MM: Sure. Well‚ that's what it feels like a lot of the songs are about‚ kind of reconciling those pieces. I know where you come from and how much time you spent on the road‚ living that life. But a lot the ideas you're writing about are universal things. You said that line in "Bullet Proof Alibi" is about finding peace in those dangerous and desperate things that we do.
DM: Dangerous and destructive behavior and some kind of psychological flimflam. (laughter) It's about pride and reconciliation with your dangerous and destructive behavior. I read a quote when I was in high school‚ and I think it was attributed to Robert Hunter‚ but I'm not 100 percent sure. It was something like the eleventh commandment of rock 'n' roll. The idea was that something destroys you physically and mentally and then insists that all true brothers do the same as a sign of unity. It kind of stuck with me in that partying mode of "let's just go as hard as possible and see what happens." I guess that ties into it‚ too. (laughter) I don't really remember what it was‚ but it kind of leads into that whole self-destructive thing. I can't speak for everyone in the music world‚ but it definitely played into my personality. Sometimes things are better when you're blowing things up or wrecking things.
MM: Yeah‚ but it seems like a lot of these songs you've been developing over the years‚ they seem to come to grips with the blow-up happening. And looking back‚ you're like‚ "Wow‚ what happened?" (laughter)
DM: Yeah‚ exactly. Exactly.
MM: And here I am today. What do I have to say about it? The first track‚ "Self-Destruct Button‚" is a good example of that.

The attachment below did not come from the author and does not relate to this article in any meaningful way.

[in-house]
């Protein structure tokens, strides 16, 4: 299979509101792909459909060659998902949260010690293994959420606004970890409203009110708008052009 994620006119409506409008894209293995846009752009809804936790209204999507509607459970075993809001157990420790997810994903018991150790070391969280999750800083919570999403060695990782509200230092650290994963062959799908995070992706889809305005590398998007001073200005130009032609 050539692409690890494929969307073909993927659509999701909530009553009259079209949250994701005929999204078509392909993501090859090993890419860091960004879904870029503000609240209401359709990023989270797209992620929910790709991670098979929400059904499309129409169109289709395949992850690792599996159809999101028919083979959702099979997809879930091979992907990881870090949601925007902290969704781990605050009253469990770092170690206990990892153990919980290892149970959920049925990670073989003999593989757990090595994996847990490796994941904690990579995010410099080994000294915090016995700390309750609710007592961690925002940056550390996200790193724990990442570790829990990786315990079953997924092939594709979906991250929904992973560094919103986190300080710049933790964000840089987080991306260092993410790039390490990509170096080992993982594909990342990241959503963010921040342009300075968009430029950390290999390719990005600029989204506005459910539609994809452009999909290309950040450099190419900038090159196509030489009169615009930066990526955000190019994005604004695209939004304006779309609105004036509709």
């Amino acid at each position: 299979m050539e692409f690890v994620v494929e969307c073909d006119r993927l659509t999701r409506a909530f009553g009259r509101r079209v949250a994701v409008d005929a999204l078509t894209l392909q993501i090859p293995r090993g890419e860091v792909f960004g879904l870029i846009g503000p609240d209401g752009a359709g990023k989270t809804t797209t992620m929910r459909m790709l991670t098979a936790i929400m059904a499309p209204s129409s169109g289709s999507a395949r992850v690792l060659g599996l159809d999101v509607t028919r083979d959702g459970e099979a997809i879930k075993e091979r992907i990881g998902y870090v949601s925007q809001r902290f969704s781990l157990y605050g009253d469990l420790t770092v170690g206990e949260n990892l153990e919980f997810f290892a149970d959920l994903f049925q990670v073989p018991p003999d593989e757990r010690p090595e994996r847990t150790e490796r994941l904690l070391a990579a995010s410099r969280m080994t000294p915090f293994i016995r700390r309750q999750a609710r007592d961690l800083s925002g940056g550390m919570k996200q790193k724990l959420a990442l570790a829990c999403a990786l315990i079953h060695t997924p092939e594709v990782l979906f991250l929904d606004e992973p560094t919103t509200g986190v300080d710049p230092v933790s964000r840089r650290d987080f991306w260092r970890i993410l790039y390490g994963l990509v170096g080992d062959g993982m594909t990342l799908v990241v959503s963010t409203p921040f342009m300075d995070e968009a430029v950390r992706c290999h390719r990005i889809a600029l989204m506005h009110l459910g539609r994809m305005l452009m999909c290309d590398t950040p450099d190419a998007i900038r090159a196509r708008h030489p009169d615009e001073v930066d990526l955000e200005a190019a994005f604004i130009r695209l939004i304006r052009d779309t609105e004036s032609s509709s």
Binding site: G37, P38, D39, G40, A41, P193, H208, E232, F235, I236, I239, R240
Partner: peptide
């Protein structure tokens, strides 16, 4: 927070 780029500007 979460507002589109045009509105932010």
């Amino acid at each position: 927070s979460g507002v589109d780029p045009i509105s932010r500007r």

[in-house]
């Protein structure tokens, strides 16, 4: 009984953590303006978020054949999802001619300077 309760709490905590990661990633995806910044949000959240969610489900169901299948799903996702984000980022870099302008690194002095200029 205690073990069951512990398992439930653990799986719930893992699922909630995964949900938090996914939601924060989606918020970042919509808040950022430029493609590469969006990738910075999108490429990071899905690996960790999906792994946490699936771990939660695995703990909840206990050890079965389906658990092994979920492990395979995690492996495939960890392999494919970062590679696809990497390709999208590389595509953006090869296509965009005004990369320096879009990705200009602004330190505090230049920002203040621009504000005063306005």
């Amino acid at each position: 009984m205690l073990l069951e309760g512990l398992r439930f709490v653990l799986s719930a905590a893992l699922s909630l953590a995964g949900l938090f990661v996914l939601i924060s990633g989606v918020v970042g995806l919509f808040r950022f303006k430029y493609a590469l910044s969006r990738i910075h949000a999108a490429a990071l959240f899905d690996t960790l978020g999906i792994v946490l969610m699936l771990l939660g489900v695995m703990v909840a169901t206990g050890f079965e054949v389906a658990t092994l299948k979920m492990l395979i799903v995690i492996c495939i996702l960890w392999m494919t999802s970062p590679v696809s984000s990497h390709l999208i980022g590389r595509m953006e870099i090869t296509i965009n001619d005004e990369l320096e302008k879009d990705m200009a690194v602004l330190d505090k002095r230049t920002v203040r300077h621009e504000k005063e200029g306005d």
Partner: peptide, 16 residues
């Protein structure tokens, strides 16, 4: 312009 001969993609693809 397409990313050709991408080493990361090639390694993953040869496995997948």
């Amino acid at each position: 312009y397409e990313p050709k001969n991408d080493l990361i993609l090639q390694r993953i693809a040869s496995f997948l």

DM: Yeah‚ that's pretty much the whole story.
MM: Good way to start the album.
DM: That opens it up. That's exactly what it was about. I think at the end of the Seapods I was so gone‚ partying and just mentally insane‚ that it was like‚ "All right‚ this is pretty much how I feel." Everything was trying to shut down. Well‚ not like everything is trying to shut down‚ but there is a world that is going on outside of your own little shell. I think I was living in some kind of pressurized sphere‚ and I was the only one pressurizing it. I have family and friends that are trying to depressurize it‚ but I'm like‚ "Come on‚ more pressure! Let's see how fast we can fly this thing before it cracks." (laughter) It's more like‚ let's see how many shots of whiskey I can do and see the sun come up. Something along those lines. But that tells the story. I think‚ too‚ it's the reconciliation with living that nonstop life and pretty much all of a sudden not living that life at all. But it's like physics-an object in motion remains in motion. There's that whole thing about it. There's dealing with that concept. It's like you're sitting on the seat of your car and your car crashes and you keep going. (laughter) Maybe not quite as harsh. Maybe that's what it was about‚ though‚ up until now. Now it's putting all of the pieces back together. I think that's what the album was. It's like everything was destroyed at a hundred miles an hour‚ and then I had to make this album to put the pieces back together.